USM Tribute

 I grew up HUGELY externally focused; my mother was exacting and unforgiving. So from an early age, when I was present enough to contemplate my impending actions, I naturally vetted everything I did from the viewpoint of how my mother would perceive what I was attempting. Sometimes, I chose correctly, and, in the vast sea of “not good enough,” there were exhilarating instances of praise, if short-lived.

As I grew older, I transferred that power over me to others: my younger sister, peers, dates, my wife, and even my daughter at times. This adaptation led to external approval, which then translated into a sense of enhanced self-worth. Unfortunately, this was not feeling worthy of my true self, but my adaptations, my false self.

I have not thoroughly examined my external referencing origins, but it was undoubtedly instilled by my mother’s Germanic, Roman Catholic, narcissistic, and Scorpio parenting style! It was not until I attended the University of Santa Monica (USM) to obtain my master’s of Spiritual Psychology in my early 50s that I learned to honor and celebrate my true self. To allow my heart to be my cheerleader, guide, and champion, what a concept!

While I do receive accolades now for my therapy sessions, writings, and even projects around the house, they no longer are the end-all, be-all. Each one is appreciated and heartening, but I accept praise and Love from me in even greater abundance. In mid-July, after my birthday, this culminated in the most glorious recognition I have yet encountered.

I was trimming my goatee, as I do periodically, and severely gapped myself. I still do not know how it happened; I have been doing this for thirty years without ever cutting so profoundly, but as I looked at the “Grand Canyon” on my upper lip, nothing happened. I did not cuss, get upset, or, worse, criticize myself.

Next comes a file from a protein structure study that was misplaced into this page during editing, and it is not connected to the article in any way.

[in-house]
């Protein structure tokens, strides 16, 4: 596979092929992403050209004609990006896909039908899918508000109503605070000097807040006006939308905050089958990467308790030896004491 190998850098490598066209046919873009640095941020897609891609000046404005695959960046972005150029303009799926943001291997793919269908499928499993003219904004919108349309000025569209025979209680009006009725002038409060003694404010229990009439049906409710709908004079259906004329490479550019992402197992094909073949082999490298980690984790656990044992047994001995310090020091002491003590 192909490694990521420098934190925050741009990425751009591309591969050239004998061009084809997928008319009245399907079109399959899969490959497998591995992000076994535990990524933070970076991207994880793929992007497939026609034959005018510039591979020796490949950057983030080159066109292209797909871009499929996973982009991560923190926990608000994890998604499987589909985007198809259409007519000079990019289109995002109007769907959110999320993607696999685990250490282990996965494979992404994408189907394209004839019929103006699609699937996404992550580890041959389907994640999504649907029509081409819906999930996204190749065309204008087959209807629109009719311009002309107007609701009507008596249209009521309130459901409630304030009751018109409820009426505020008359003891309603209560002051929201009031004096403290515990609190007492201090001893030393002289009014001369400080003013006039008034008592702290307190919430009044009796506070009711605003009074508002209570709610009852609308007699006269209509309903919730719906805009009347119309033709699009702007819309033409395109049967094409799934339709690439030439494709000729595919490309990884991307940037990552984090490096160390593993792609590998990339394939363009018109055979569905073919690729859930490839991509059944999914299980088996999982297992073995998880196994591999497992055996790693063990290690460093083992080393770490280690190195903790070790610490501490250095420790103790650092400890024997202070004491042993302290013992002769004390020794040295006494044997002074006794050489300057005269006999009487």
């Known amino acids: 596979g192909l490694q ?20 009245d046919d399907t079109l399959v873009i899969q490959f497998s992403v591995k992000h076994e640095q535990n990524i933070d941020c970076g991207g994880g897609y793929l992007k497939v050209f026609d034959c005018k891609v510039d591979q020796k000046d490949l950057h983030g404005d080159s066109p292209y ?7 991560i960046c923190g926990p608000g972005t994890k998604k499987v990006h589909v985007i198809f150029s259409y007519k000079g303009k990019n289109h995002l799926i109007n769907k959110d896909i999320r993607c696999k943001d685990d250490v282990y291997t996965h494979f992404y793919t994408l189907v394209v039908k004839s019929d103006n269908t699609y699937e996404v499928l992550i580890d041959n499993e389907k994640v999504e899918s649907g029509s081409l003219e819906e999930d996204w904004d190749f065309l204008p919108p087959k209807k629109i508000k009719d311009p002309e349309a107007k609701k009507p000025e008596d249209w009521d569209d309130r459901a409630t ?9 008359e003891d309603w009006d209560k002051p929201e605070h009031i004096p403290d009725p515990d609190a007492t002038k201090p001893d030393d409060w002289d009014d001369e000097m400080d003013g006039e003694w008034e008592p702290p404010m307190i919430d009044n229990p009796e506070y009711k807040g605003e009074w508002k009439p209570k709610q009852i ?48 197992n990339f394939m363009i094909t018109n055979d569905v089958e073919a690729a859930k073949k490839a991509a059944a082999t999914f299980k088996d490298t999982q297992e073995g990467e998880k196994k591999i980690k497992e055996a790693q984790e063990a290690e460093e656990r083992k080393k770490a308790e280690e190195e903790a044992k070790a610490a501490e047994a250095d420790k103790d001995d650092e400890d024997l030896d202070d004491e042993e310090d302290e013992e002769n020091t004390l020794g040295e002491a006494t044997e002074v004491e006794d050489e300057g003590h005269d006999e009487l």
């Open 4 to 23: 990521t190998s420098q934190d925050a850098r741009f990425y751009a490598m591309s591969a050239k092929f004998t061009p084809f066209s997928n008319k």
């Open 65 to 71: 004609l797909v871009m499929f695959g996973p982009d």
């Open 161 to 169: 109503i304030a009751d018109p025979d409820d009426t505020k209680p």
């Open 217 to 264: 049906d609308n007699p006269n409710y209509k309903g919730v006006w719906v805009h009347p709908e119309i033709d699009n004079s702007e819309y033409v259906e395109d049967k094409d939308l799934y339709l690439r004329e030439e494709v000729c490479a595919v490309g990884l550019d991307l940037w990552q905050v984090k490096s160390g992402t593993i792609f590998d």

There was a moment of disbelief and then another moment of wondering what to do, and that was it. Even now, in recounting the incident, I want to cry; I am so happy. I trimmed my beard down to a four-day-old stubble and went on with my life. The old Wade would have been apoplectic over what others would think; so far, only my wife has commented!

This one incident encapsulates four powerful lessons I learned at USM. The first, positive projection, is a bit round-about. Projections in psychology are when people attribute to others what is unconscious in their psyche, commonly called our shadow. An example is when we criticize others for what we do not want to see in ourselves; almost everything we condemn in others comes from our shadow side. As Ram Dass states, “What you meet in another being is the projection of your own evolution.”

Unlike traditional psychology programs, USM also teaches “positive projections.” We cannot see and appreciate excellence in others if we do not have that potential. Almost all the books we read at USM spoke to gaining authenticity, mastery, and equanimity. The Dalai Lama, Eckhart Tolle, and others encapsulate these great concepts, but my obtaining these qualities, yeh, right!